This past week my sister and her family were with us for several days and we all had joyful coming together with our parents to celebrate around the Thanksgiving table. It took some doing to get my Dad from Country Center to my Mom’s assisted living center, where we shared the meal, but the effort worth it as we saw how happy it made them both to have us gathered around them. I hope that your celebrations brought you close to those you love also, in some way or another, and that those moments were blessed for you.
Well, as is often the case, these visits seem too brief, and before we knew it my sister and her family were packing up to head back home. Early morning flights meant they had to leave our house in their rental car in the wee hours of Saturday morning. We hugged goodbye on Friday evening, but I thought sure I would wake up when they began moving around and get up to see them off. I woke when it was still dark out, but my clock told me it was an hour past the time they were to leave, so I got fearing they had overslept, but in fact they were already gone. I could not believe I had slept so soundly as to miss three people gathering their belongings and leaving my house in the middle of the night!
This experience made me think of the way our second lesson this morning from Romans starts out – Paul writes, “You know what time it is, how it is now the moment for you to wake from sleep.” Clearly yesterday morning when I woke I was confused about what time it was. And maybe that is a good way to begin Advent, because in its themes and its timing Advent is about the experience of being disoriented and then reoriented by the mystical and unexpected movements of God.
Advent begins the New Year before the world expects it. A whole month before we are ready to flip the calendar to reveal a fresh New Year, Advent places us on day one of the new church year. Just as commercial world is ratcheting up for the Christmas shopping season, with full-on glitz and everyone’s favorite holiday songs playing on an endless loop, the season of Advent is beckoning us to slow down, and slip away to a quiet, shadowy place to do some deep listening as the light builds gradually on our advent wreaths. This spiritual focus of Advent is a real disconnect from the activities that are cranking up around me, and I consider that a good thing. It is not that the larger cultural festivities – the gift giving, the parties, the tree lightings, etc. – are bad things. It’s just that they are not the whole thing – not the full picture of what is going on, so they don’t really satisfy me in the end – I just keep feeling that there has to be more.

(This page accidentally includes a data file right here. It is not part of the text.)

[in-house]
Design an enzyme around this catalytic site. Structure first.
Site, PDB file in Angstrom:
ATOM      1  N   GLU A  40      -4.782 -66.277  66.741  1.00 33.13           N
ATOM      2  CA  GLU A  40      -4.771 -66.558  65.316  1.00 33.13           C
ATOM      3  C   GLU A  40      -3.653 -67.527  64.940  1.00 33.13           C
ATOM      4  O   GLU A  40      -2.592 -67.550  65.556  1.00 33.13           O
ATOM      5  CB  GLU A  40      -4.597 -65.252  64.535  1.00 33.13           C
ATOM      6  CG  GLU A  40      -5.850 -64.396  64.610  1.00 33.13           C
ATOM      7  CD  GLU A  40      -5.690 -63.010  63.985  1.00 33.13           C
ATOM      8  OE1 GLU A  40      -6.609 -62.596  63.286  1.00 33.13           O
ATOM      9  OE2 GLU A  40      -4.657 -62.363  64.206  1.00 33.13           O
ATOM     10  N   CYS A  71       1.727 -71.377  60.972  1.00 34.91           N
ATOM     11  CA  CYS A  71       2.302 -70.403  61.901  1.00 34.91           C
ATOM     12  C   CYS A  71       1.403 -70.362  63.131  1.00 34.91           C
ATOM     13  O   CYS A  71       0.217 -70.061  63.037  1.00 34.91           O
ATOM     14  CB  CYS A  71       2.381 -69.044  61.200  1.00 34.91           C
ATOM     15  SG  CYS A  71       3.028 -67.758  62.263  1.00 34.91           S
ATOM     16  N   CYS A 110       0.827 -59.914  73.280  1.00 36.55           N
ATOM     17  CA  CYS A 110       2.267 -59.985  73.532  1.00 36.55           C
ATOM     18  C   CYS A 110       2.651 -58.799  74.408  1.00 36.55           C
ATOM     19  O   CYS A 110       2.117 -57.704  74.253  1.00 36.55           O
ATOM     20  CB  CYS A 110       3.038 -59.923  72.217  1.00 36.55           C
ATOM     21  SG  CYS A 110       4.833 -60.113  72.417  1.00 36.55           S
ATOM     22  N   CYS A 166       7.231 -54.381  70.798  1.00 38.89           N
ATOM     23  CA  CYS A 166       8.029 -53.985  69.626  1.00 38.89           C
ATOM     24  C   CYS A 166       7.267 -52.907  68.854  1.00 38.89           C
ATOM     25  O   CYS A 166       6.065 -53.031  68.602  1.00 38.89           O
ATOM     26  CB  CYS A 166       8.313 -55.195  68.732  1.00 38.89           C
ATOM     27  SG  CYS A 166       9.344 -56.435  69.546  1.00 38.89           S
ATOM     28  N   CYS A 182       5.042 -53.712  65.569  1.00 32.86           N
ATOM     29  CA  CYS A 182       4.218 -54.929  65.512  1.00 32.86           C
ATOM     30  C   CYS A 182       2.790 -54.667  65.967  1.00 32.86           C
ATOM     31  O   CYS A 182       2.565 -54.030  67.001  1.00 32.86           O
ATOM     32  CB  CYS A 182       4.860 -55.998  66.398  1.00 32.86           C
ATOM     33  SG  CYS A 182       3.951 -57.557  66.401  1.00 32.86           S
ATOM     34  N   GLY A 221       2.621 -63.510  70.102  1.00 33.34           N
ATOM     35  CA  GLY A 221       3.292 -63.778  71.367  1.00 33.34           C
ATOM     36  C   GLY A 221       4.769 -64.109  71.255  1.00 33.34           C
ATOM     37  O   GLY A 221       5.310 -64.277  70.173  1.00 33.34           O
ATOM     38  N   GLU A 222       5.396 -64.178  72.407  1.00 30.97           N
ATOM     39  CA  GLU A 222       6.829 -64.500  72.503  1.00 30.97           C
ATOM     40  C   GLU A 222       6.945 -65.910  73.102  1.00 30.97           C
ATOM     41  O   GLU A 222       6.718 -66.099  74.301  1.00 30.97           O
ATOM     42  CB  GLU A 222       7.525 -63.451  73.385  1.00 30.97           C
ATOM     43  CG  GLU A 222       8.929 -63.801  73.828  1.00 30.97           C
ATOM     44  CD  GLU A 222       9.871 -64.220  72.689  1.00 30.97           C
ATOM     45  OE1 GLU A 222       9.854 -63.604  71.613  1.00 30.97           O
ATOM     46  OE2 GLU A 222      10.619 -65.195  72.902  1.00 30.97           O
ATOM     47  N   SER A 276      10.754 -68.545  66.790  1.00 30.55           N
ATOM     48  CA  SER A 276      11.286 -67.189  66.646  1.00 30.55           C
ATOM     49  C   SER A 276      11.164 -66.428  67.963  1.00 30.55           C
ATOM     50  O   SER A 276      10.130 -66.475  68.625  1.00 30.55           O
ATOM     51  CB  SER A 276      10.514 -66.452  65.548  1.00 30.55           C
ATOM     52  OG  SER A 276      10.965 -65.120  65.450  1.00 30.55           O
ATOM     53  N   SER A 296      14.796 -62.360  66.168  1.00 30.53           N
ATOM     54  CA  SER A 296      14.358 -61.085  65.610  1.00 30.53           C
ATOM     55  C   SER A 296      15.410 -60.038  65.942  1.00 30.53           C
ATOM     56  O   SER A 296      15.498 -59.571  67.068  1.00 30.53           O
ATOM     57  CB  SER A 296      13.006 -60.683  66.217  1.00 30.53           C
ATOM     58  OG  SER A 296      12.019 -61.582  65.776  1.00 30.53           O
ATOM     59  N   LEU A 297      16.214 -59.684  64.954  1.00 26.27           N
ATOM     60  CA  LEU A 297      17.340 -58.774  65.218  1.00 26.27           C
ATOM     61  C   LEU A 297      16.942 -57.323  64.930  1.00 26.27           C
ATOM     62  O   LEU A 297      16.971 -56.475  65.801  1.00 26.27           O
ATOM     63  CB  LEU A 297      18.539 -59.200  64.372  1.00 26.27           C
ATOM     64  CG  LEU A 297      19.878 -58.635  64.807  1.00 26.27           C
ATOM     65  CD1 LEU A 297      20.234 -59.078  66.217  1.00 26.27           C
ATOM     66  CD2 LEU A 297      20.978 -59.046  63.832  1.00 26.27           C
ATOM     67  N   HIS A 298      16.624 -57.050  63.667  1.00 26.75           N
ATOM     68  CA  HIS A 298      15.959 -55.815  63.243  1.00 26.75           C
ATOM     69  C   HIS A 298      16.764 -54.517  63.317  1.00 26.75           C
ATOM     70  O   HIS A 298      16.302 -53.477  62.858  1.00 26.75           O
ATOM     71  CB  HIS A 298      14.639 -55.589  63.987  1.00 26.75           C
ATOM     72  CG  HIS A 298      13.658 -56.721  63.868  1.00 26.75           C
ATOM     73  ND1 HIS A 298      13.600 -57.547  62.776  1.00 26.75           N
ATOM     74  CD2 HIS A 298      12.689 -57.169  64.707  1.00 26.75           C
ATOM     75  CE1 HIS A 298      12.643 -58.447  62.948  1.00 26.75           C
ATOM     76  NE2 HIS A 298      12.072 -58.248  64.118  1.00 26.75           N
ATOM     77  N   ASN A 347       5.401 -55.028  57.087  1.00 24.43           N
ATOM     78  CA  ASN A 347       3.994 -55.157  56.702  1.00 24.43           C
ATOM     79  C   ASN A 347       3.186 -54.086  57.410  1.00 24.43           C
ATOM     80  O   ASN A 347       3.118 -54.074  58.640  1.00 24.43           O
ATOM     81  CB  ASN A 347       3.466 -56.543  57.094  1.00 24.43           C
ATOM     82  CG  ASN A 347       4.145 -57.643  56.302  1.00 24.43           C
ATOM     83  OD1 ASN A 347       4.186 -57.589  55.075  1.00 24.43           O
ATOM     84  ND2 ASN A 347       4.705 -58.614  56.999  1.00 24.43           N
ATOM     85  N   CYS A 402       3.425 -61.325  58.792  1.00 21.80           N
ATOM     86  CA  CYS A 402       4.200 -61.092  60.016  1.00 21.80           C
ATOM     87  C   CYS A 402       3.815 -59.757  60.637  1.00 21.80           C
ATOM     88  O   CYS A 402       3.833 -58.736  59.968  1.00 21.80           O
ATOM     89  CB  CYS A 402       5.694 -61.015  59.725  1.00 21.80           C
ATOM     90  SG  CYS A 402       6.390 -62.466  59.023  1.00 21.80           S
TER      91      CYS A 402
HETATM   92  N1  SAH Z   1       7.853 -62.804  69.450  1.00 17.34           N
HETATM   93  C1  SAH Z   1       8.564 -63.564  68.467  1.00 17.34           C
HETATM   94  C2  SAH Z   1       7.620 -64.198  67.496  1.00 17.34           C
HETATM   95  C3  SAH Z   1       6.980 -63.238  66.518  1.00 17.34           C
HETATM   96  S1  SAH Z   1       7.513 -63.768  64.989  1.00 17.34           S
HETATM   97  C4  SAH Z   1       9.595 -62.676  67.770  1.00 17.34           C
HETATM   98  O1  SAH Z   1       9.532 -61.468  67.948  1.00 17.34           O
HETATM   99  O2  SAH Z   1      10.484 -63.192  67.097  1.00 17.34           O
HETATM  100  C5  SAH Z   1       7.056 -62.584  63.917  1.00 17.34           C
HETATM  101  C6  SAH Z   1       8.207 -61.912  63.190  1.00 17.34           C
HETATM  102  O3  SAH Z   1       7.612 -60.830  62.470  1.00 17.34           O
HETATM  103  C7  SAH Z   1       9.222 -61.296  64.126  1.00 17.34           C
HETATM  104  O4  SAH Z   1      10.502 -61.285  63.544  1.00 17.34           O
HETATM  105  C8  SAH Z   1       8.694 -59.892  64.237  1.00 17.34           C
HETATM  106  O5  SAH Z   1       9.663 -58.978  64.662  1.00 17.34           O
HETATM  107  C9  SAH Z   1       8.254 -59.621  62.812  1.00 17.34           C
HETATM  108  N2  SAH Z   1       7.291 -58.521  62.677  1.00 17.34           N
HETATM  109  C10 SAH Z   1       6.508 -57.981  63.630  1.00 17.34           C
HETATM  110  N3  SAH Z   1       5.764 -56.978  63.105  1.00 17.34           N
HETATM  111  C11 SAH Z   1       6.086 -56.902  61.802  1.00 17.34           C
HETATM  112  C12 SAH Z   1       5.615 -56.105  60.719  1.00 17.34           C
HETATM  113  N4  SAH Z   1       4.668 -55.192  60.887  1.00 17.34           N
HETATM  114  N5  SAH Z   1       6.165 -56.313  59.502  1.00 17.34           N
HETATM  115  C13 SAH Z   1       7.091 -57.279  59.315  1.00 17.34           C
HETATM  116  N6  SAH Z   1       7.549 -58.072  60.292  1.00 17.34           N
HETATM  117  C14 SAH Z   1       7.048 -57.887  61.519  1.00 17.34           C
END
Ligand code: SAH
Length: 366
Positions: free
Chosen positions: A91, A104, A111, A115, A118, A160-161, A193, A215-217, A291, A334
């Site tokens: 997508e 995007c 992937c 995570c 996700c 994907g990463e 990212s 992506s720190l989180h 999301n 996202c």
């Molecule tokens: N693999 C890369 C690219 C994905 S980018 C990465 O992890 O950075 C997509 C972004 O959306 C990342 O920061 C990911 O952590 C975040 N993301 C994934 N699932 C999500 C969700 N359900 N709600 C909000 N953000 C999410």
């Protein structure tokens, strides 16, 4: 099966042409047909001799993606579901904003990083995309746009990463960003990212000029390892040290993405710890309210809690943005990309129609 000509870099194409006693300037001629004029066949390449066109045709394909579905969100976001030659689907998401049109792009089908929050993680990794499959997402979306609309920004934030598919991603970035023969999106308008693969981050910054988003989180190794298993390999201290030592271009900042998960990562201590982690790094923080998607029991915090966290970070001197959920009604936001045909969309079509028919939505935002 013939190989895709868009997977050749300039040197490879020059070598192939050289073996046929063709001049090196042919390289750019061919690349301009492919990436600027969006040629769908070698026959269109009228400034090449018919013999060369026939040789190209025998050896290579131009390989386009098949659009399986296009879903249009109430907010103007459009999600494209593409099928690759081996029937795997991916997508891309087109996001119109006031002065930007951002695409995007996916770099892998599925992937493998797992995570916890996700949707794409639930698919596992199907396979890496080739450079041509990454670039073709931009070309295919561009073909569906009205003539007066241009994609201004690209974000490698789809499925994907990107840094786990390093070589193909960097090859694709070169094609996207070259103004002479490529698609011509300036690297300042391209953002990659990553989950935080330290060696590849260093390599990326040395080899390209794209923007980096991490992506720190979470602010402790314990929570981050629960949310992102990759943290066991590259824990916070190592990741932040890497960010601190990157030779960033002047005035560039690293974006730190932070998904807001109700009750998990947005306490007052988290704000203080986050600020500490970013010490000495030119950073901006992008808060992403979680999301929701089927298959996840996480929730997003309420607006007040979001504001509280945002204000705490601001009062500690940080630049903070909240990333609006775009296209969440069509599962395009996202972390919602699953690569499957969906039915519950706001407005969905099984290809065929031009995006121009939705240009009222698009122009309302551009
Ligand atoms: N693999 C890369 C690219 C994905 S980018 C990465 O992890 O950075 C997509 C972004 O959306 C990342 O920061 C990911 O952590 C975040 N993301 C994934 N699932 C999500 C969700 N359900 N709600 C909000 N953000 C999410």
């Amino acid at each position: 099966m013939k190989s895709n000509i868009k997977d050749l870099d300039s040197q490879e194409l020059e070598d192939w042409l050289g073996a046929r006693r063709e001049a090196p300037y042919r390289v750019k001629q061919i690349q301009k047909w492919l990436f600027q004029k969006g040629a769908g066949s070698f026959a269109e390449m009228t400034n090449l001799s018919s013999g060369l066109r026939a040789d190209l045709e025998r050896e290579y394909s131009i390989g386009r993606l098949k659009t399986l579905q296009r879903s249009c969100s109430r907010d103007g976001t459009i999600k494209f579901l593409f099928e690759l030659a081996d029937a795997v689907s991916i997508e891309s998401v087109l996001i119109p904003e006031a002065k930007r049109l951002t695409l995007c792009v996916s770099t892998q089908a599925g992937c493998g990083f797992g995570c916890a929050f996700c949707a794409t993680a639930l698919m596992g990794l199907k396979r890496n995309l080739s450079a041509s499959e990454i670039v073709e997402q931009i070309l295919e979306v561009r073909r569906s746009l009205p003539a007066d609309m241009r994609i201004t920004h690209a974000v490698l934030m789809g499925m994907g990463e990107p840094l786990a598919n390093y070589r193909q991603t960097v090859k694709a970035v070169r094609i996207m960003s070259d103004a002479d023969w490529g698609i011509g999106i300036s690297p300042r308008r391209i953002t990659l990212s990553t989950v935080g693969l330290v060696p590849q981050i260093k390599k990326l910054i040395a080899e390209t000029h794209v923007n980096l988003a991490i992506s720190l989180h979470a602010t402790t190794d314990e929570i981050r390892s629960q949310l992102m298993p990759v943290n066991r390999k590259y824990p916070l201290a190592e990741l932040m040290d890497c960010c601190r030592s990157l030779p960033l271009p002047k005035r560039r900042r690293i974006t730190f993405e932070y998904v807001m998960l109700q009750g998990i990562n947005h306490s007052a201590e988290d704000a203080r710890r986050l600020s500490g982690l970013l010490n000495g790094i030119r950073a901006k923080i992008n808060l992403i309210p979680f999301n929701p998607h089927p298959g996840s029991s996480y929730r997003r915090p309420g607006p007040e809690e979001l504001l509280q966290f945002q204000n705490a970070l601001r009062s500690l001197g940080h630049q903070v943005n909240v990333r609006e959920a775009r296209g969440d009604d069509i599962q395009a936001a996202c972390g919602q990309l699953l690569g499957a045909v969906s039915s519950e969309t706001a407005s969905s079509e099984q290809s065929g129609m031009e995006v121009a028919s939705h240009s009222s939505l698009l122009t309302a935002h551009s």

In a strange way this year, perhaps more than any other I can remember, I am in a place where I feel ready for this season of disorientation to begin. I think that is because I am already feeling that way. sa Some incidents which have taken place in the wake of the presidential election have felt disorienting to me. The Southern Poverty Law Center and the Anti-Defamation League – to name just two prominent organizations that keep tabs on how our society is doing in protecting the human rights of all our citizens – both report large upticks in incidents of hate crimes and hate related speech in the weeks since the election. And the very sad part is that a good percentage of these incidents are happening in America’s schools. This was a real wake-up call for me! I literally was asleep to the fact that such ideology was still so prevalent in our country. I feel disoriented by this reality, but at least I am awake it now, and that is a good place to begin when figuring out how to respond to this new reality.